Journal of Postgraduate Medicine
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Year : 2023  |  Volume : 69  |  Issue : 2  |  Page : 102-104  

A rare case of primary retroperitoneal extraovarian granulosa cell tumor

A Menon, L Singla, SG Pujari, CV Kantharia 
 Department of Surgical Gastroenterology, Seth GS Medical College and KEM Hospital, Mumbai, Maharashtra, India

Correspondence Address:
Dr. C V Kantharia
Department of Surgical Gastroenterology, Seth GS Medical College and KEM Hospital, Mumbai, Maharashtra


Extraovarian granulosa cell tumors (GCTs) are rare neoplasms. They arise from the ectopic gonadal tissue along the embryonal route of genital ridge. We present a case of an extraovarian tumor in an elderly female who presented with lump in the abdomen occupying the pelvic region. She was operated and the mass was excised with intact capsule. Histopathology revealed the mass to be an adult granulosa cell tumor. Extraovarian granulosa cell tumors are very rare with only 13 such cases reported in literature to date. The present case is the largest primary retroperitoneal adult granulosa cell tumor reported till date.

How to cite this article:
Menon A, Singla L, Pujari S G, Kantharia C V. A rare case of primary retroperitoneal extraovarian granulosa cell tumor.J Postgrad Med 2023;69:102-104

How to cite this URL:
Menon A, Singla L, Pujari S G, Kantharia C V. A rare case of primary retroperitoneal extraovarian granulosa cell tumor. J Postgrad Med [serial online] 2023 [cited 2023 Sep 21 ];69:102-104
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Granulosa cell tumors (GCTs) constitute 2-5% of all ovarian tumors.[1] They are the most common malignant sex cord stromal tumors of ovary.[2] The cell of origin of these tumors is mesenchyme of genital ridge. There have been reports in literature of its unusual location such as broad ligament, mesentery, fallopian tube, and retroperitoneum. Of these, primary retroperitoneal adult GCTs are exceedingly rare with only nine cases reported in literature. We present a rare case of primary retroperitoneal adult GCT in an elderly female.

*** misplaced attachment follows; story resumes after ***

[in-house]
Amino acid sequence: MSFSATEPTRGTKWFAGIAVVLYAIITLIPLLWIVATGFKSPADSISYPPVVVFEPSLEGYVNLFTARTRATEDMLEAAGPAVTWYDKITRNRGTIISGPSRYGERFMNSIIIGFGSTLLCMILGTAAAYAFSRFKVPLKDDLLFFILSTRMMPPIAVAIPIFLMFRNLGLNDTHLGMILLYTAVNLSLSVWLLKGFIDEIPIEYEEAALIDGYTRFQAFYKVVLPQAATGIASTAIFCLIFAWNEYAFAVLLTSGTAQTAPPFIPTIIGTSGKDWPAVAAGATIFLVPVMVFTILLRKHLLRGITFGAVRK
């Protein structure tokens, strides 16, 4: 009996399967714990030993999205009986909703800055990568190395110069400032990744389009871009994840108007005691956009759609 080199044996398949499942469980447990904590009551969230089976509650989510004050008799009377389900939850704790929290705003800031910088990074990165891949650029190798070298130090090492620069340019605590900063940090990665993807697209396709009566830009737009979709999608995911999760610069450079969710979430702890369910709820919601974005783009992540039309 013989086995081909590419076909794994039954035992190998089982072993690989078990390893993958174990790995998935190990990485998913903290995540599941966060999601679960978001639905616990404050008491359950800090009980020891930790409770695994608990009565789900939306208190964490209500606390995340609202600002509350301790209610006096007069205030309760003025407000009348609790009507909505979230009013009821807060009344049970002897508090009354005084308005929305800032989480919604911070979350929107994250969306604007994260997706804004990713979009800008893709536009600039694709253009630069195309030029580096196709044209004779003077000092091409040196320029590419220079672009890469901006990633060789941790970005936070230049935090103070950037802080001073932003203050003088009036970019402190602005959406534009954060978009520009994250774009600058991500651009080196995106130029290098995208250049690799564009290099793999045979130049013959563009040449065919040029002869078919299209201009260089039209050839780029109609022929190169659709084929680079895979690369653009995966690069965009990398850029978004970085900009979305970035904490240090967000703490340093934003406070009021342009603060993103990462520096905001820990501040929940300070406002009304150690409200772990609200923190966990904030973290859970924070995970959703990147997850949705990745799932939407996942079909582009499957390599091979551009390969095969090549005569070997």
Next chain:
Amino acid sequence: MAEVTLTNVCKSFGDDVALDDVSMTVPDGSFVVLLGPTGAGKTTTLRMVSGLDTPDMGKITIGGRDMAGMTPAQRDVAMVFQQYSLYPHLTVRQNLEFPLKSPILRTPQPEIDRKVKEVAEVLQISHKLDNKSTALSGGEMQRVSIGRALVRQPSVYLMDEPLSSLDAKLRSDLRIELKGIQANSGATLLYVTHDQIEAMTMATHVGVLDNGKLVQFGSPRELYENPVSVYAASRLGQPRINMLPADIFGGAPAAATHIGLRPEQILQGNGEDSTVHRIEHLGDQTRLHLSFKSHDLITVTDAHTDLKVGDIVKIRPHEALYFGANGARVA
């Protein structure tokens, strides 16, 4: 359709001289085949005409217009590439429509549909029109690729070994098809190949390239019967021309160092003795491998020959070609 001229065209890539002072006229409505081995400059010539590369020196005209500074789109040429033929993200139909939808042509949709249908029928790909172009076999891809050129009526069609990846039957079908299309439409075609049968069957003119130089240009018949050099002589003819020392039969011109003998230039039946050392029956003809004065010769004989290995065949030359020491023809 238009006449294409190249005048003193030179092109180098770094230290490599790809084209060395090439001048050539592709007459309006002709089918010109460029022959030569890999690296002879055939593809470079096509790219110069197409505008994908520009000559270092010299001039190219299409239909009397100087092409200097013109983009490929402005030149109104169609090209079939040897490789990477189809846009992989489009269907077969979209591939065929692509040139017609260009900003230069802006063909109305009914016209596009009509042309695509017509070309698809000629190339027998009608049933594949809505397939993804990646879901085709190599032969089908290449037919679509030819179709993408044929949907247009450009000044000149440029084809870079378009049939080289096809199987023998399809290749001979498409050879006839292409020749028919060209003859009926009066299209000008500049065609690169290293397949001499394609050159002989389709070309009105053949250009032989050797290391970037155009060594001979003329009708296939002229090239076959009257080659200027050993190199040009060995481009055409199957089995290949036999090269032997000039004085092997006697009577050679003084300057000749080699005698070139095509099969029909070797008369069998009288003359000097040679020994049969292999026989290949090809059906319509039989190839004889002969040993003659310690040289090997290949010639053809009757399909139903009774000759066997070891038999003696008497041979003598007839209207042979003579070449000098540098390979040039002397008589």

Case Presentation

A 66-year-old lady presented with a painless, progressively increasing lump in abdomen for two months. Patient had history of undergoing abdominal hysterectomy with bilateral oophorectomy 20 years prior for dysfunctional uterine bleeding. Clinical examination revealed a large non tender 21 x 20 cm lump, [Figure 1], arising from pelvis. It was occupying the umbilical, hypogastric, left lumbar, and left iliac regions. It was solid-cystic in consistency [Figure 1]. The lump had well-defined margins, but for at lower margin as it was arising from the pelvis.{Figure 1}

Contrast-enhanced computed tomography (CT) scan done revealed, a large heterogenously enhancing solid cystic mass arising from the pelvis, occupying the entire lower abdomen, displacing and indenting bowel loops, and compressing the ureter on left side causing mild hydro-uretero-nephrosis. [Figure 2] and [Figure 3]. Tumor markers CEA and Ca- 125 were within normal limits.{Figure 2}{Figure 3}